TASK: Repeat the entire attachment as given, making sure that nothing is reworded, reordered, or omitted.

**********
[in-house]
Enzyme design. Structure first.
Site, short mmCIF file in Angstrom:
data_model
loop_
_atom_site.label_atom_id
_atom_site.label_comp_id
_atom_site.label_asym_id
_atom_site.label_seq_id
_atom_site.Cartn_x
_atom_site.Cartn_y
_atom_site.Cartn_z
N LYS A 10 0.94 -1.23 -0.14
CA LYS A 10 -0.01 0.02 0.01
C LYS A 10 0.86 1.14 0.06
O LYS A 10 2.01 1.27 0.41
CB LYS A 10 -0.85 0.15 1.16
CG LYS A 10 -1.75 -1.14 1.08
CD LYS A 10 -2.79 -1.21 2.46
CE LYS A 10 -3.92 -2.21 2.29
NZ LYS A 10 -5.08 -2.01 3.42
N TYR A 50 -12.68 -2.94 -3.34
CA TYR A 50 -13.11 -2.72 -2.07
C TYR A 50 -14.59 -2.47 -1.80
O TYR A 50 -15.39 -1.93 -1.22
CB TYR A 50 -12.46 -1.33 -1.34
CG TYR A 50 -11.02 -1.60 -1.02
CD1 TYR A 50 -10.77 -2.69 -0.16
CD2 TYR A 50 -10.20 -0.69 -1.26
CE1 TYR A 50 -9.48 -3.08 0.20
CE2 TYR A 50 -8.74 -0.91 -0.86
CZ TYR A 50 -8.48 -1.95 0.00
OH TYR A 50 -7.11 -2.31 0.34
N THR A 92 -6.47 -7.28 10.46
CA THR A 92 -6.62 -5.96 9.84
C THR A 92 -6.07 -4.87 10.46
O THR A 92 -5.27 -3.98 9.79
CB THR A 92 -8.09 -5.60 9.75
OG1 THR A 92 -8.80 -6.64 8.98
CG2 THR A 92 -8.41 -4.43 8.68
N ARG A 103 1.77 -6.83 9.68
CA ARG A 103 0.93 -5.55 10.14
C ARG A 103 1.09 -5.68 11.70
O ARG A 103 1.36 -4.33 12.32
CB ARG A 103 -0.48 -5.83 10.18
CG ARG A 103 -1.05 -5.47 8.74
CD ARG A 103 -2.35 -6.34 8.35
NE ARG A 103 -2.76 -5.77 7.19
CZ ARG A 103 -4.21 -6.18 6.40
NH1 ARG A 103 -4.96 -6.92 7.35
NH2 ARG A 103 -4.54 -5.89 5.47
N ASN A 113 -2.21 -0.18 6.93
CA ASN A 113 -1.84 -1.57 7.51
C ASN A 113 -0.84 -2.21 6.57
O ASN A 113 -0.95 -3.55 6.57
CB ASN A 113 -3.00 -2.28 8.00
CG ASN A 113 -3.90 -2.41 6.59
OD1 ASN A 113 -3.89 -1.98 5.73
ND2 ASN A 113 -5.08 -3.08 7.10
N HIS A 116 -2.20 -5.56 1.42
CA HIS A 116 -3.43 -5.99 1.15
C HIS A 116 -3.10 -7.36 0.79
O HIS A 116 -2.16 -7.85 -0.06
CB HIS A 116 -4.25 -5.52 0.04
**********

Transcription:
[in-house]
Enzyme design. Structure first.
Site, short mmCIF file in Angstrom:
data_model
loop_
_atom_site.label_atom_id
_atom_site.label_comp_id
_atom_site.label_asym_id
_atom_site.label_seq_id
_atom_site.Cartn_x
_atom_site.Cartn_y
_atom_site.Cartn_z
N LYS A 10 0.94 -1.23 -0.14
CA LYS A 10 -0.01 0.02 0.01
C LYS A 10 0.86 1.14 0.06
O LYS A 10 2.01 1.27 0.41
CB LYS A 10 -0.85 0.15 1.16
CG LYS A 10 -1.75 -1.14 1.08
CD LYS A 10 -2.79 -1.21 2.46
CE LYS A 10 -3.92 -2.21 2.29
NZ LYS A 10 -5.08 -2.01 3.42
N TYR A 50 -12.68 -2.94 -3.34
CA TYR A 50 -13.11 -2.72 -2.07
C TYR A 50 -14.59 -2.47 -1.80
O TYR A 50 -15.39 -1.93 -1.22
CB TYR A 50 -12.46 -1.33 -1.34
CG TYR A 50 -11.02 -1.60 -1.02
CD1 TYR A 50 -10.77 -2.69 -0.16
CD2 TYR A 50 -10.20 -0.69 -1.26
CE1 TYR A 50 -9.48 -3.08 0.20
CE2 TYR A 50 -8.74 -0.91 -0.86
CZ TYR A 50 -8.48 -1.95 0.00
OH TYR A 50 -7.11 -2.31 0.34
N THR A 92 -6.47 -7.28 10.46
CA THR A 92 -6.62 -5.96 9.84
C THR A 92 -6.07 -4.87 10.46
O THR A 92 -5.27 -3.98 9.79
CB THR A 92 -8.09 -5.60 9.75
OG1 THR A 92 -8.80 -6.64 8.98
CG2 THR A 92 -8.41 -4.43 8.68
N ARG A 103 1.77 -6.83 9.68
CA ARG A 103 0.93 -5.55 10.14
C ARG A 103 1.09 -5.68 11.70
O ARG A 103 1.36 -4.33 12.32
CB ARG A 103 -0.48 -5.83 10.18
CG ARG A 103 -1.05 -5.47 8.74
CD ARG A 103 -2.35 -6.34 8.35
NE ARG A 103 -2.76 -5.77 7.19
CZ ARG A 103 -4.21 -6.18 6.40
NH1 ARG A 103 -4.96 -6.92 7.35
NH2 ARG A 103 -4.54 -5.89 5.47
N ASN A 113 -2.21 -0.18 6.93
CA ASN A 113 -1.84 -1.57 7.51
C ASN A 113 -0.84 -2.21 6.57
O ASN A 113 -0.95 -3.55 6.57
CB ASN A 113 -3.00 -2.28 8.00
CG ASN A 113 -3.90 -2.41 6.59
OD1 ASN A 113 -3.89 -1.98 5.73
ND2 ASN A 113 -5.08 -3.08 7.10
N HIS A 116 -2.20 -5.56 1.42
CA HIS A 116 -3.43 -5.99 1.15
C HIS A 116 -3.10 -7.36 0.79
O HIS A 116 -2.16 -7.85 -0.06
CB HIS A 116 -4.25 -5.52 0.04